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Plant Physiol. 2019 Aug 13. pii: pp.00877.2019. doi: 10.1104/pp.19.00877. [Epub ahead of print]

AtNDB2 is the main external NADH dehydrogenase in mitochondria and is important for tolerance to environmental stress.

Author information

1
Flinders University CITY: Adelaide STATE: south australia Australia [AU].
2
Flinders University CITY: Adelaide STATE: SA Australia [AU].
3
La Trobe University CITY: Bundoora STATE: VIC POSTAL_CODE: 3086 Australia [AU].
4
Flinders University CITY: Adelaide STATE: SA POSTAL_CODE: 5061 Australia [AU] david.day@flinders.edu.au.
5
Flinders University CITY: Adelaide STATE: SA POSTAL_CODE: 5035 Australia [AU].

Abstract

In addition to the classical electron transport pathway coupled to ATP synthesis, plant mitochondria have an alternative pathway that involves type II NAD(P)H dehydrogenases (ND) and alternative oxidase (AOX). This alternative pathway participates in thermogenesis in select organs of some species and is thought to help prevent cellular damage during exposure to environmental stress. Here, we investigated the function and role of one alternative path component, AtNDB2, using a transgenic approach in Arabidopsis thaliana. Disruption of AtNDB2 expression via T-DNA insertion led to a 90% decrease of external NADH oxidation in isolated mitochondria. Over-expression of AtNDB2 led to increased AtNDB2 protein abundance in mitochondria, but did not enhance external NADH oxidation significantly unless AtAOX1A was concomitantly over-expressed and activated, demonstrating a functional link between these enzymes. Plants lacking either AtAOX1A or AtNDB2 were more sensitive to combined drought and elevated light treatments, whereas plants overexpressing these components showed increased tolerance and capacity for post-stress recovery. We conclude that AtNDB2 is the predominant external NADH dehydrogenase in mitochondria and together with AtAOX1A forms a complete, functional, non-phosphorylating pathway of electron transport, whose operation enhances tolerance to environmental stress. This study demonstrates that at least one of the alternative NAD(P)H dehydrogenases, as well as AOX, are important for the stress response.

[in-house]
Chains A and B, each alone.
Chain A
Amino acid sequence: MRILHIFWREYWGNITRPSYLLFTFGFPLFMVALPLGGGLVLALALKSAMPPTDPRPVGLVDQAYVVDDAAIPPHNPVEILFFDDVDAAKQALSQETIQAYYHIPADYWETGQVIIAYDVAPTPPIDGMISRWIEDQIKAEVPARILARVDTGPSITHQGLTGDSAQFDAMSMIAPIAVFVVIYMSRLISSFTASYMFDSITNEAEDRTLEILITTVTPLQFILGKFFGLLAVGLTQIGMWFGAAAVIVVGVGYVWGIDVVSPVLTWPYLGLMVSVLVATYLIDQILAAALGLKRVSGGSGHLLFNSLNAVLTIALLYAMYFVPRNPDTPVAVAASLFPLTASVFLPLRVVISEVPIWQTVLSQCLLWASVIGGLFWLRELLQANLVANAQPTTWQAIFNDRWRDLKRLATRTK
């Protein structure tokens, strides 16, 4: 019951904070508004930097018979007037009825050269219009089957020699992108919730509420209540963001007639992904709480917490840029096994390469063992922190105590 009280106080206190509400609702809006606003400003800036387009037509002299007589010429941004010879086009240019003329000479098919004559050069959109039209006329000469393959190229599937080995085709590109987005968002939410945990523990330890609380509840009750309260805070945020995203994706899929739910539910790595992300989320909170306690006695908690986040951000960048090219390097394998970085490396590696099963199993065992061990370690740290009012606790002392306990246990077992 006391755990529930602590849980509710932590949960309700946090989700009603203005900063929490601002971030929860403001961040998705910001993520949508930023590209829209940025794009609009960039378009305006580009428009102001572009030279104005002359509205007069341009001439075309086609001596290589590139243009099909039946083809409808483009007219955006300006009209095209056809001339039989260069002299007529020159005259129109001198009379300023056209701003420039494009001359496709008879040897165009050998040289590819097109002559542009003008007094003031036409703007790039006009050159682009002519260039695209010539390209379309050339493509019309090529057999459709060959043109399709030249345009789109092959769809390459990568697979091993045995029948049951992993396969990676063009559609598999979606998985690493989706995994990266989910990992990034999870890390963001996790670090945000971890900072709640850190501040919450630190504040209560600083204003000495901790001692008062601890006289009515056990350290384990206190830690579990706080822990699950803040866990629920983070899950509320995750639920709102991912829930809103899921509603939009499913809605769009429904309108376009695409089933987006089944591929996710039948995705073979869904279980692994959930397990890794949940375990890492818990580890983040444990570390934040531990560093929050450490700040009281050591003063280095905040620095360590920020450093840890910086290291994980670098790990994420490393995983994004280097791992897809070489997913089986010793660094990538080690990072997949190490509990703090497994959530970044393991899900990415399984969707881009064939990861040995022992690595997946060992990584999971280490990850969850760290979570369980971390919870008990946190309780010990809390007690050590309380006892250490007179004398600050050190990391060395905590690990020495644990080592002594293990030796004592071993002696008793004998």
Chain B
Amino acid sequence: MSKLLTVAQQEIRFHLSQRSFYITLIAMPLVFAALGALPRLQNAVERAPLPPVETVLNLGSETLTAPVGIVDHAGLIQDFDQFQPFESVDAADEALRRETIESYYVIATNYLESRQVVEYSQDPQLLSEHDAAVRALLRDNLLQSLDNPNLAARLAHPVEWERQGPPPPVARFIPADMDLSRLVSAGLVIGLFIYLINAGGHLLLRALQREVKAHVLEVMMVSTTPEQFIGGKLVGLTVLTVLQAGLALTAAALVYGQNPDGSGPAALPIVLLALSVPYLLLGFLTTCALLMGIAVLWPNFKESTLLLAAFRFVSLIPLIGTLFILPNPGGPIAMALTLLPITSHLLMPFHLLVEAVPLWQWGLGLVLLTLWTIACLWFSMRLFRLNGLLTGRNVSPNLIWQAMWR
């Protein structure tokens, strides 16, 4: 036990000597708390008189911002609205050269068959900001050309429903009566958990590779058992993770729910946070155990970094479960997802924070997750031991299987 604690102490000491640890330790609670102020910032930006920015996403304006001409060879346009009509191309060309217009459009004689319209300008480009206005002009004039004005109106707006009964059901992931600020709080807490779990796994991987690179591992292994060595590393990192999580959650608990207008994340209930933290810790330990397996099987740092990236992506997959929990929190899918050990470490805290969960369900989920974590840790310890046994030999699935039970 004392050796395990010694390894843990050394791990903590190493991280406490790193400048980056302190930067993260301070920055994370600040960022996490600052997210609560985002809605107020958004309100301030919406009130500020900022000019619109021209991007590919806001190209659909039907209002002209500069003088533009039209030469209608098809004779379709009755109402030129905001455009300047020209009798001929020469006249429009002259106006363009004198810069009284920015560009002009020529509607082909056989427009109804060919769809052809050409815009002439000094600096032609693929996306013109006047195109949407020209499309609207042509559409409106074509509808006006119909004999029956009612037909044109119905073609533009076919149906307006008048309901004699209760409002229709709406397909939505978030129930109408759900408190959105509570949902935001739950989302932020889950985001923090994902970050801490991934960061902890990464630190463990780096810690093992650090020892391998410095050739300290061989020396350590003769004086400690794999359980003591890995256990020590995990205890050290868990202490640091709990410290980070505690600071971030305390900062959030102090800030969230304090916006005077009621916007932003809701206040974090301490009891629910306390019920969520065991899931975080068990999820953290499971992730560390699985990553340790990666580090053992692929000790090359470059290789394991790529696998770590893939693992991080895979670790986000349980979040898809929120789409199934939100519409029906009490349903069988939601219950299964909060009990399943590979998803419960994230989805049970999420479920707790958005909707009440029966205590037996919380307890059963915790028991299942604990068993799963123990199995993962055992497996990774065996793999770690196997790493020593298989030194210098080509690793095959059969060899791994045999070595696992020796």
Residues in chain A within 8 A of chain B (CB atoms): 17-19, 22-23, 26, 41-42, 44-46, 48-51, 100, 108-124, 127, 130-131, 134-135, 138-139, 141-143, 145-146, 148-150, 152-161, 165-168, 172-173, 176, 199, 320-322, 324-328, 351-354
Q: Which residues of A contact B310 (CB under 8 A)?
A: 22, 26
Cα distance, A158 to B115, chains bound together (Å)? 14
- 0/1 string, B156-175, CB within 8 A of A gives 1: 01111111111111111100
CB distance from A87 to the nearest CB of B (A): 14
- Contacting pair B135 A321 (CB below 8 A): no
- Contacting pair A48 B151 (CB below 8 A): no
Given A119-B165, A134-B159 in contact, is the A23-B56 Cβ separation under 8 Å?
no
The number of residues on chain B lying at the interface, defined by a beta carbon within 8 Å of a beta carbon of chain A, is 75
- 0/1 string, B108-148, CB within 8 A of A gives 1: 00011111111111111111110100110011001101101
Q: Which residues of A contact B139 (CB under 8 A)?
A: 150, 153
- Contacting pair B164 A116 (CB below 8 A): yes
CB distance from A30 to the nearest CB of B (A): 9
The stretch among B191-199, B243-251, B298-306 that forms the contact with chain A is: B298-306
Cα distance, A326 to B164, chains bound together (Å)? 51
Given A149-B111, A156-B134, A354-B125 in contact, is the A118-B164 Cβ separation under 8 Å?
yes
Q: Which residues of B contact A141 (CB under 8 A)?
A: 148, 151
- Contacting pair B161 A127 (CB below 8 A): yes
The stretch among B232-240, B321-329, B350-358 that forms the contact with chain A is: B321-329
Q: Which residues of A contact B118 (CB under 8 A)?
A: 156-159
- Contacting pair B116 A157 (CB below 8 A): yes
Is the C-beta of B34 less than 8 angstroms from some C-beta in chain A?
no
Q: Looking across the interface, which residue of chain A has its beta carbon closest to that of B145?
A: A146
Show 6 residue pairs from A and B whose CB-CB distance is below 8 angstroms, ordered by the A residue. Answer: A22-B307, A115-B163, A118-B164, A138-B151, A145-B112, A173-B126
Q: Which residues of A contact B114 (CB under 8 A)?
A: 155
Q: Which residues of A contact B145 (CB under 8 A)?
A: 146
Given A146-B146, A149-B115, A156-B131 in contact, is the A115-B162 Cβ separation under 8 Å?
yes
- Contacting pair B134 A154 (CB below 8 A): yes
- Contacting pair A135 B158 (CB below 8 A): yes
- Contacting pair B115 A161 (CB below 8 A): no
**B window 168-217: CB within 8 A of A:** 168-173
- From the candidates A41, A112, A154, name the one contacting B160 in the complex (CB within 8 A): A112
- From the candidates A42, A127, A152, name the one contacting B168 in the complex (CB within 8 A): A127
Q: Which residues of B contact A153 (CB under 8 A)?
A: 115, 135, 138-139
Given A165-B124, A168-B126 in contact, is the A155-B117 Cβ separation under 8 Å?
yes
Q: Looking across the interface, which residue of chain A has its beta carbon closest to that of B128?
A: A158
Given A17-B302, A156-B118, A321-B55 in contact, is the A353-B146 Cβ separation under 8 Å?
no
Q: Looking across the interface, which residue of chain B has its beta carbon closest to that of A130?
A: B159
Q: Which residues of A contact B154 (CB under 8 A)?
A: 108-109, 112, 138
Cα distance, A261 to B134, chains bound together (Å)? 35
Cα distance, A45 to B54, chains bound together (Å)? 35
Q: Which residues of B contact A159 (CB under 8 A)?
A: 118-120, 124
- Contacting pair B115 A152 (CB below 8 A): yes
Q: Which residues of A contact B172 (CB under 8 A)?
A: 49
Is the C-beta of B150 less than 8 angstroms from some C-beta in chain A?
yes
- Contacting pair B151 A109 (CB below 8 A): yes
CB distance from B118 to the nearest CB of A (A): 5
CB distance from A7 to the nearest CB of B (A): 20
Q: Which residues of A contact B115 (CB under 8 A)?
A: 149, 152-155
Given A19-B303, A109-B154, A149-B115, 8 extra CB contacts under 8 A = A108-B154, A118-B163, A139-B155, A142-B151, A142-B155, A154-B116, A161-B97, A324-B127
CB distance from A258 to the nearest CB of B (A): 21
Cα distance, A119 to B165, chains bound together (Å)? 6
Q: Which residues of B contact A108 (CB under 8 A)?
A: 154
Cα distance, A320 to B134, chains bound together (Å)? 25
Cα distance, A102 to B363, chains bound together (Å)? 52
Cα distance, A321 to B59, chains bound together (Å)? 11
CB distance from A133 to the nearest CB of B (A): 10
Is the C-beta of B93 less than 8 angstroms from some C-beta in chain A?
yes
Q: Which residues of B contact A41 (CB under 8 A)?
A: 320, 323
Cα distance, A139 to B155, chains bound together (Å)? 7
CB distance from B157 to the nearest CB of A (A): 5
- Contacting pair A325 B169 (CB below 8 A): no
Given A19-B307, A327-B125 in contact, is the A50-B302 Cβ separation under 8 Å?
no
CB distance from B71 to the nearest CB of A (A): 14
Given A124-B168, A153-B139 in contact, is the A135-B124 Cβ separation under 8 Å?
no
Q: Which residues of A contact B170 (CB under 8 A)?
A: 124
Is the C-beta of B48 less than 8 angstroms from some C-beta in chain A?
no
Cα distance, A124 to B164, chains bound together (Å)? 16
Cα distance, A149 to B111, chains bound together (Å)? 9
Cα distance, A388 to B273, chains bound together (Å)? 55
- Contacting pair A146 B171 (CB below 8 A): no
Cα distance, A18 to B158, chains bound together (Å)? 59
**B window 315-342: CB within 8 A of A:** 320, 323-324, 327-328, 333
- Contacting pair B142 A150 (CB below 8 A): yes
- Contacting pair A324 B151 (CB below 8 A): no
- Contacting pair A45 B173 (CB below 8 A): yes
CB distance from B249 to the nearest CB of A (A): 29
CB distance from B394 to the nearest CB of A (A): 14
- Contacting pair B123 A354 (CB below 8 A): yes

PMID:
31409698
DOI:
10.1104/pp.19.00877
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